Judge declines to halt Helena-area forestry project

Judge declines to halt Helena-area forestry project

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Fire Tour 1.jpg

Timber decks are pictured at the Upper Ten Mile timber sale.

A federal judge has denied the request of two environmental groups to temporarily halt logging near Helena as the court considers a lawsuit challenging a major forestry project.

U.S. District Judge Dana Christensen denied Wednesday the request from Alliance for the Wild Rockies and Native Ecosystems Council to issue a preliminary injunction against the U.S. Forest Service’s Ten Mile-South Helena Project.

The 17,500-acre project’s goals center on wildfire mitigation including fuel breaks where firefighters may be safely inserted if a wildfire were to threaten Helena and houses south and west of the city. Contractors began logging on two federal timber sales this spring as part of the project, and the Forest Service plans to use extensive prescribed burning both in and off of areas of timber harvest.

Two lawsuits, which have since been combined, challenge aspects of the Ten Mile-South Helena Project.

Helena Hunters and Anglers and the Montana Wildlife Federation allege in their lawsuit that the project will negatively impact wildlife by removing hiding cover and reduce the potential wilderness character of the roadless areas. The groups do not challenge work outside of the roadless areas.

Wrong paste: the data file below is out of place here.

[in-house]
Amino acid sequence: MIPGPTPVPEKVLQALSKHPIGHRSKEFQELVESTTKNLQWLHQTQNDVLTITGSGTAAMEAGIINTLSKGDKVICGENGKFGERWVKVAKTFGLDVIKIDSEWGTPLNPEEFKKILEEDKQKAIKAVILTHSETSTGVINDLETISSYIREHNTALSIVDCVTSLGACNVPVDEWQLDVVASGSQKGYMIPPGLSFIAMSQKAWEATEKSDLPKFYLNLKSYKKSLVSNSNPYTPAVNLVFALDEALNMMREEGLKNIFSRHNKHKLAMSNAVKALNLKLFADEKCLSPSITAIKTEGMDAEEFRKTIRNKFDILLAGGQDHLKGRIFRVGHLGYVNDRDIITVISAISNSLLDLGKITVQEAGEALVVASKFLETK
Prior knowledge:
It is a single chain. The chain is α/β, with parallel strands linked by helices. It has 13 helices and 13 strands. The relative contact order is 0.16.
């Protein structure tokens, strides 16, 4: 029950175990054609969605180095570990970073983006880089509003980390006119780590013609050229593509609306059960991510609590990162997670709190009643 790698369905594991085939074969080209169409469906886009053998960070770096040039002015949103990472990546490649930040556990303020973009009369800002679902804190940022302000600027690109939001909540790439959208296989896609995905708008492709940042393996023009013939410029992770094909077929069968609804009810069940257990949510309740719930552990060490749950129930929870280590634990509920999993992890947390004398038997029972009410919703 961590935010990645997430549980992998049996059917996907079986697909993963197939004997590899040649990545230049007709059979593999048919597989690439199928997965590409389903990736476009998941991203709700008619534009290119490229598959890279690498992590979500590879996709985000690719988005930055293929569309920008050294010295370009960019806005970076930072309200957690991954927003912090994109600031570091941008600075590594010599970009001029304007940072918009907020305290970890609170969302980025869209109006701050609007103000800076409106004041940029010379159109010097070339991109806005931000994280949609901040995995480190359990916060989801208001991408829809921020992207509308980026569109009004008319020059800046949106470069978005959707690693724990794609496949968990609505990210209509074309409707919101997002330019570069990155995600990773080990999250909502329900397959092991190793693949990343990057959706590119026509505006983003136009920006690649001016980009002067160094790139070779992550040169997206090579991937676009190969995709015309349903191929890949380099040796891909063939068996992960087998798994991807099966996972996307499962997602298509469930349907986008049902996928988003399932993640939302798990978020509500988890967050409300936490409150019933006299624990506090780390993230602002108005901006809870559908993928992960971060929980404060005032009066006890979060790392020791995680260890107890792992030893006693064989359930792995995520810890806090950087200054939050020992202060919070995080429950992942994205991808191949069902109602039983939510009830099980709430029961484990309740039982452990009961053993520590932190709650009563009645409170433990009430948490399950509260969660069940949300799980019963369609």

Alliance for the Wild Rockies and Native Ecosystems Council challenge the entire project in their lawsuit. In their request for a preliminary injunction/temporary restraining order, the groups argue that the project will harm federally protected grizzly bears.

In denying the request to halt the project as the lawsuit plays out, Christensen found that the alliance and council waited too long to file its lawsuit. Citing issues finding legal counsel, the lawsuit and request to temporarily halt the project came after logging and other activities had begun. But the delay “undercut their claim of imminent harm,” the judge ruled.

“Being experienced environmental litigants, plaintiffs should have known of the project and its impending timeline in the spring,” Christensen wrote. “Ground operations began in late June and early July. Although Plaintiffs could have filed suit when Helena Hunters did in mid-March, they waited three months to file and then another two months to seek emergency relief. The delay of even a few months – significant months in terms of project implementation – is a significant delay in the life of a timber sale operation.”

Christensen further found that the alliance and council did not fully allege harm to grizzly bears if the project proceeds during trial.

“Plaintiffs do not assert that grizzly bears or their habitat are likely to be irreparably harmed if the project is allowed to continue during the pendency of this litigation,” the judge wrote. “Nor can the court find evidence of irreparable harm to the species, given that the Ten Mile Project is located in a grizzly bear linkage zone (which is critical to the species survival in the long term) but the project's impacts are alleged to cause only short term.”

Mike Garrity, executive director for the alliance, said Friday the group will not appeal the denial and is confident it will prevail when the court takes up the lawsuit in full.

The state of Montana and Montana Bicycle Guild have petitioned to intervene in the lawsuit. The city of Helena and Lewis and Clark County voted to file amicus briefs in the case.

Reporter Tom Kuglin can be reached at 447-4076 @IR_TomKuglin


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